I am often asked “What type of injury do I have? Is it Repetitive Stain or Cumulative Trauma?” “Both” is the closest I can come to an answer.
Repetitive Strain is just what is sounds like – strains that occur repeatedly, over and over again. Trauma means injury. Cumulative Trauma means trauma that accumulates over time. So, Repetitive Strain produces Cumulative Trauma. A repetitive strain injury is a Cumulative Trauma.
In common use, Repetitive Strain Injury refers specifically to Musculoskeletal Injuries – injuries to muscles, tendons, and bones, frequently from repetitious motion (thus Repetitive Motion Injury). Cumulative Trauma may refer to this but may also be used to describe any type of injury that occurs over time – such as multiple heart attacks or strokes: e.g. “The cumulative trauma from previous strokes has produced the current condition.”
How confusing! None of these three terms mean exactly the same thing, but they are frequently used to mean the same thing – and an injury can easily be all three. It’s best not to be too picky.
Carpal Tunnel Syndrome is considered to be a Repetitive Motion Injury (RMI) however, it can occur after only a few very stressful occurrences. Other times, it can take months or years to develop. No particular action or job will predictably cause Carpal Tunnel Syndrome. It seems to take a combination of factors to produce.
The use of the word ‘Syndrome’ is also interesting. A Syndrome is a collection of symptoms, not a particular physiological condition. If you have Carpal Tunnel Syndrome, there are specific things that you are experiencing –
- • Tingling or itching numbness in the palm, especially the thumb, index and middle finger. This is usually variable through the day, sometimes better, sometimes worse.
- • Fingers may feel swollen, although they don’t look swollen
- • Decreased grip strength, sometimes to the point that forming a fist is difficult, as is handling small objects (I thought it was because my fingers were swollen).
- • Thumb muscles may loose bulk.
- • There may be a deadening of hot and cold sensations.
The problem is pressure on the median nerve that occurs within the carpal tunnel (a bony structure in the wrist that the nerve passes through on the way to the fingers).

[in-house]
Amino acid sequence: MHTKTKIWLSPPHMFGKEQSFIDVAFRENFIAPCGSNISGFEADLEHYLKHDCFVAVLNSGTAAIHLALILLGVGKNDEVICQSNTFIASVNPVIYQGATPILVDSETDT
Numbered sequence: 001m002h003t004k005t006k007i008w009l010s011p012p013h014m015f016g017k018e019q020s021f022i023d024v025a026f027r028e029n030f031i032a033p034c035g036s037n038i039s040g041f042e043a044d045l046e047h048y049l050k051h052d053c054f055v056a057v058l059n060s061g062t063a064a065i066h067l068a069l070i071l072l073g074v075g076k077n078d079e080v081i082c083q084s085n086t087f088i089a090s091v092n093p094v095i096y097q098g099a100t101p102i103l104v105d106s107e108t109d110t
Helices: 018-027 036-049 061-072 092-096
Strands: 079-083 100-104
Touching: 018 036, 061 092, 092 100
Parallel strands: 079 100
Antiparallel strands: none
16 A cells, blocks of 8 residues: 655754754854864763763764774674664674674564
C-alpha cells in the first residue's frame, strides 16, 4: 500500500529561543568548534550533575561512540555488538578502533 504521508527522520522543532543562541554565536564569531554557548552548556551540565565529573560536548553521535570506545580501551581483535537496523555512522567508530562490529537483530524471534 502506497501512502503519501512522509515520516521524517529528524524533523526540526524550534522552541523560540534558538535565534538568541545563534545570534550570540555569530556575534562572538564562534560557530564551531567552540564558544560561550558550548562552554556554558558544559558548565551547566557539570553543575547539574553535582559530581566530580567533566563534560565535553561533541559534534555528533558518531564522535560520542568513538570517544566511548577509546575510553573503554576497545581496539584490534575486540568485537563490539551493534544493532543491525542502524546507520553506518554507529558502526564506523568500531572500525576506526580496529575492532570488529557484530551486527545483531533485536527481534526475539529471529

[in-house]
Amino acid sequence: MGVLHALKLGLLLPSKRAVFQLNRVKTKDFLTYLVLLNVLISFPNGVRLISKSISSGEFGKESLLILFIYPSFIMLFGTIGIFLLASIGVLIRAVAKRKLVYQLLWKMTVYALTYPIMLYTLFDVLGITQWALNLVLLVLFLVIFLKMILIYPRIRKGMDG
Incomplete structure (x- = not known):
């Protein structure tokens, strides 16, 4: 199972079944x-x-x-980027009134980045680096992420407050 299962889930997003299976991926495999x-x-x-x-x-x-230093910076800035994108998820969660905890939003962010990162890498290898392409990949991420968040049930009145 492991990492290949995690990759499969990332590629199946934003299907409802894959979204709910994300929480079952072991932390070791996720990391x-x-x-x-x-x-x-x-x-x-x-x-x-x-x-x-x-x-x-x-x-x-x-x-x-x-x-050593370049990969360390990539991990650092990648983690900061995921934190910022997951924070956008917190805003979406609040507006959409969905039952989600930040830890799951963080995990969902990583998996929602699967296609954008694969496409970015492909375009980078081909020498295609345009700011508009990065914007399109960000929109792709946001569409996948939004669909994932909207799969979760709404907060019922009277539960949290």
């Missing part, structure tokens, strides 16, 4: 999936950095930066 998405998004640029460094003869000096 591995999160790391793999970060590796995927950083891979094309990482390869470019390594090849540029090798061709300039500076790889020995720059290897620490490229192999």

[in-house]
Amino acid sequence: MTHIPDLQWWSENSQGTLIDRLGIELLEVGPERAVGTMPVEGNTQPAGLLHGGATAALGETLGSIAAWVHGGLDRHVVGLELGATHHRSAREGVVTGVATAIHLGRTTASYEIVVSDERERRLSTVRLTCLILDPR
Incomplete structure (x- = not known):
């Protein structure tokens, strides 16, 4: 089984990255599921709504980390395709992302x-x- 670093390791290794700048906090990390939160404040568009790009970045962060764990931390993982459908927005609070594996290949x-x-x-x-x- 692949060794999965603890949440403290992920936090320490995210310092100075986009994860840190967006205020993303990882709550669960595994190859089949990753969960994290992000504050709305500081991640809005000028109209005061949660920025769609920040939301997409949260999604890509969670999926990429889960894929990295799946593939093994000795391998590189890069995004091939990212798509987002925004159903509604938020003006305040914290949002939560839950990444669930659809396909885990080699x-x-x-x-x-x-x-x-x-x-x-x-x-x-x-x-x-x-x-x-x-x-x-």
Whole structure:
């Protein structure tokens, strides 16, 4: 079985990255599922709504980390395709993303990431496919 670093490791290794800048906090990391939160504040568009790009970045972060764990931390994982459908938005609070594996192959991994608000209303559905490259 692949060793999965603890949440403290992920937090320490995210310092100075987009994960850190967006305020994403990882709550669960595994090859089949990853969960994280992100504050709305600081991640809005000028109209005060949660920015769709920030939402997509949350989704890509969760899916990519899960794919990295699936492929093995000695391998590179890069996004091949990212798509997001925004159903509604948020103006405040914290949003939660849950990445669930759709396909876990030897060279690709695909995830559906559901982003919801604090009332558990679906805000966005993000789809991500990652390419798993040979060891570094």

The National Institute of Health (NIH) conjectures that some people have smaller carpal tunnels and that make them more likely to develop carpal tunnel syndrome. Other factors that might make you more likely to develop carpal tunnel include injury to the wrist (swelling that increases pressure on the nerve), glandular conditions that cause swelling, arthritis, and fluid retention related to pregnancy or menopause (we lucky women).
The good thing about having carpal tunnel syndrome that’s related to fluid retention is that when the fluid retention gets better, so does the carpal tunnel!
Other contributing factors include prolonged or frequent use of hand tools that vibrate, work stress, problems in the wrist itself, or something in the carpal tunnel that decreases its size, such as a tumor or cyst. In some cases no cause can be identified.
NIH has found “little clinical data to prove whether repetitive and forceful movements of the hand and wrist during work or leisure activities can cause carpal tunnel syndrome.”
Despite common opinion, carpal tunnel syndrome may not be a result of repetitive strain, may not be a repetitive motion injury, and may not be a cumulative trauma (but probably is). Each of these may vary depending on the particular case. Hmmmmmmmmmm.
Be aware that if your wrist, hand and fingers hurt, even if you don't have carpal tunnel syndrome, there are other conditions that you may have. It’s good to see a doctor who is familiar with all the possibilities. Healthy hands should not go numb, constantly hurt, or feel swollen.
Sending you good thoughts…